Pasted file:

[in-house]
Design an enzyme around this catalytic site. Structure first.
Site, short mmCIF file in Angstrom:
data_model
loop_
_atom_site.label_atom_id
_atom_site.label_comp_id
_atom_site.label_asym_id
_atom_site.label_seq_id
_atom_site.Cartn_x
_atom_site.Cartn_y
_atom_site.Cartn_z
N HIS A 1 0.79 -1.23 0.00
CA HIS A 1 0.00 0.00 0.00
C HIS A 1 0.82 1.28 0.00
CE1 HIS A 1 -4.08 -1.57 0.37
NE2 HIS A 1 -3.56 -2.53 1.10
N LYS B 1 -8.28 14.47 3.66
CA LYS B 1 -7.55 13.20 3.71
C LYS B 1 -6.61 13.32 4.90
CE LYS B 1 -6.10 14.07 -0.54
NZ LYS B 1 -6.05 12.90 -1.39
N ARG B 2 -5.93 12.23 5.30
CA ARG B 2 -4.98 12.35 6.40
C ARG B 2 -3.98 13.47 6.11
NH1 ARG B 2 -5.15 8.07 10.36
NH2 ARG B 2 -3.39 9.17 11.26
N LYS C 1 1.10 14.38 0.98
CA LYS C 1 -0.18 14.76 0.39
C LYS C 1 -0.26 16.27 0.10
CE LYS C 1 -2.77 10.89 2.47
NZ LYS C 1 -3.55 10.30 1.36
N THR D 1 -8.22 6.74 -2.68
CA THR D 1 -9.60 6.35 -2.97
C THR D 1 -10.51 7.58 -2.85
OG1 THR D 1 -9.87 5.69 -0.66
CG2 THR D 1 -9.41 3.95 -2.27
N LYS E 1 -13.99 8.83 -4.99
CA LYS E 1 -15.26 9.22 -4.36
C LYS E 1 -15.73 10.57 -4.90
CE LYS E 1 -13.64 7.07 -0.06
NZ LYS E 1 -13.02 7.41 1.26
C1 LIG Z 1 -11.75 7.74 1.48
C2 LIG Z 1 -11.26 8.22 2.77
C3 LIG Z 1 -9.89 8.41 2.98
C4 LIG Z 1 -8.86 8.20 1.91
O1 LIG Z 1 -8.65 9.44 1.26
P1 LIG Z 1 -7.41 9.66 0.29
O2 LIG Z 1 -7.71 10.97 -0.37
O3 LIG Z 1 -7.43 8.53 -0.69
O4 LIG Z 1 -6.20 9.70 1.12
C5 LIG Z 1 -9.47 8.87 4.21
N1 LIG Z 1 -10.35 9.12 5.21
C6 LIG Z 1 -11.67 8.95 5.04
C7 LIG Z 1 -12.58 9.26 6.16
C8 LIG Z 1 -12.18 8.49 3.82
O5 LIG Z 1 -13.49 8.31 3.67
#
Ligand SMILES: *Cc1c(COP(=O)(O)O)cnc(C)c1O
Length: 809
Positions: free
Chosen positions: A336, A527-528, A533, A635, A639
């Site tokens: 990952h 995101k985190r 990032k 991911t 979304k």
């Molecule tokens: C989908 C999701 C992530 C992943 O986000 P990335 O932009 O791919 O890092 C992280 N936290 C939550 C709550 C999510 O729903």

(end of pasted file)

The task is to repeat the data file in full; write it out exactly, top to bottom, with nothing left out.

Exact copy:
[in-house]
Design an enzyme around this catalytic site. Structure first.
Site, short mmCIF file in Angstrom:
data_model
loop_
_atom_site.label_atom_id
_atom_site.label_comp_id
_atom_site.label_asym_id
_atom_site.label_seq_id
_atom_site.Cartn_x
_atom_site.Cartn_y
_atom_site.Cartn_z
N HIS A 1 0.79 -1.23 0.00
CA HIS A 1 0.00 0.00 0.00
C HIS A 1 0.82 1.28 0.00
CE1 HIS A 1 -4.08 -1.57 0.37
NE2 HIS A 1 -3.56 -2.53 1.10
N LYS B 1 -8.28 14.47 3.66
CA LYS B 1 -7.55 13.20 3.71
C LYS B 1 -6.61 13.32 4.90
CE LYS B 1 -6.10 14.07 -0.54
NZ LYS B 1 -6.05 12.90 -1.39
N ARG B 2 -5.93 12.23 5.30
CA ARG B 2 -4.98 12.35 6.40
C ARG B 2 -3.98 13.47 6.11
NH1 ARG B 2 -5.15 8.07 10.36
NH2 ARG B 2 -3.39 9.17 11.26
N LYS C 1 1.10 14.38 0.98
CA LYS C 1 -0.18 14.76 0.39
C LYS C 1 -0.26 16.27 0.10
CE LYS C 1 -2.77 10.89 2.47
NZ LYS C 1 -3.55 10.30 1.36
N THR D 1 -8.22 6.74 -2.68
CA THR D 1 -9.60 6.35 -2.97
C THR D 1 -10.51 7.58 -2.85
OG1 THR D 1 -9.87 5.69 -0.66
CG2 THR D 1 -9.41 3.95 -2.27
N LYS E 1 -13.99 8.83 -4.99
CA LYS E 1 -15.26 9.22 -4.36
C LYS E 1 -15.73 10.57 -4.90
CE LYS E 1 -13.64 7.07 -0.06
NZ LYS E 1 -13.02 7.41 1.26
C1 LIG Z 1 -11.75 7.74 1.48
C2 LIG Z 1 -11.26 8.22 2.77
C3 LIG Z 1 -9.89 8.41 2.98
C4 LIG Z 1 -8.86 8.20 1.91
O1 LIG Z 1 -8.65 9.44 1.26
P1 LIG Z 1 -7.41 9.66 0.29
O2 LIG Z 1 -7.71 10.97 -0.37
O3 LIG Z 1 -7.43 8.53 -0.69
O4 LIG Z 1 -6.20 9.70 1.12
C5 LIG Z 1 -9.47 8.87 4.21
N1 LIG Z 1 -10.35 9.12 5.21
C6 LIG Z 1 -11.67 8.95 5.04
C7 LIG Z 1 -12.58 9.26 6.16
C8 LIG Z 1 -12.18 8.49 3.82
O5 LIG Z 1 -13.49 8.31 3.67
#
Ligand SMILES: *Cc1c(COP(=O)(O)O)cnc(C)c1O
Length: 809
Positions: free
Chosen positions: A336, A527-528, A533, A635, A639
């Site tokens: 990952h 995101k985190r 990032k 991911t 979304k």
């Molecule tokens: C989908 C999701 C992530 C992943 O986000 P990335 O932009 O791919 O890092 C992280 N936290 C939550 C709550 C999510 O729903």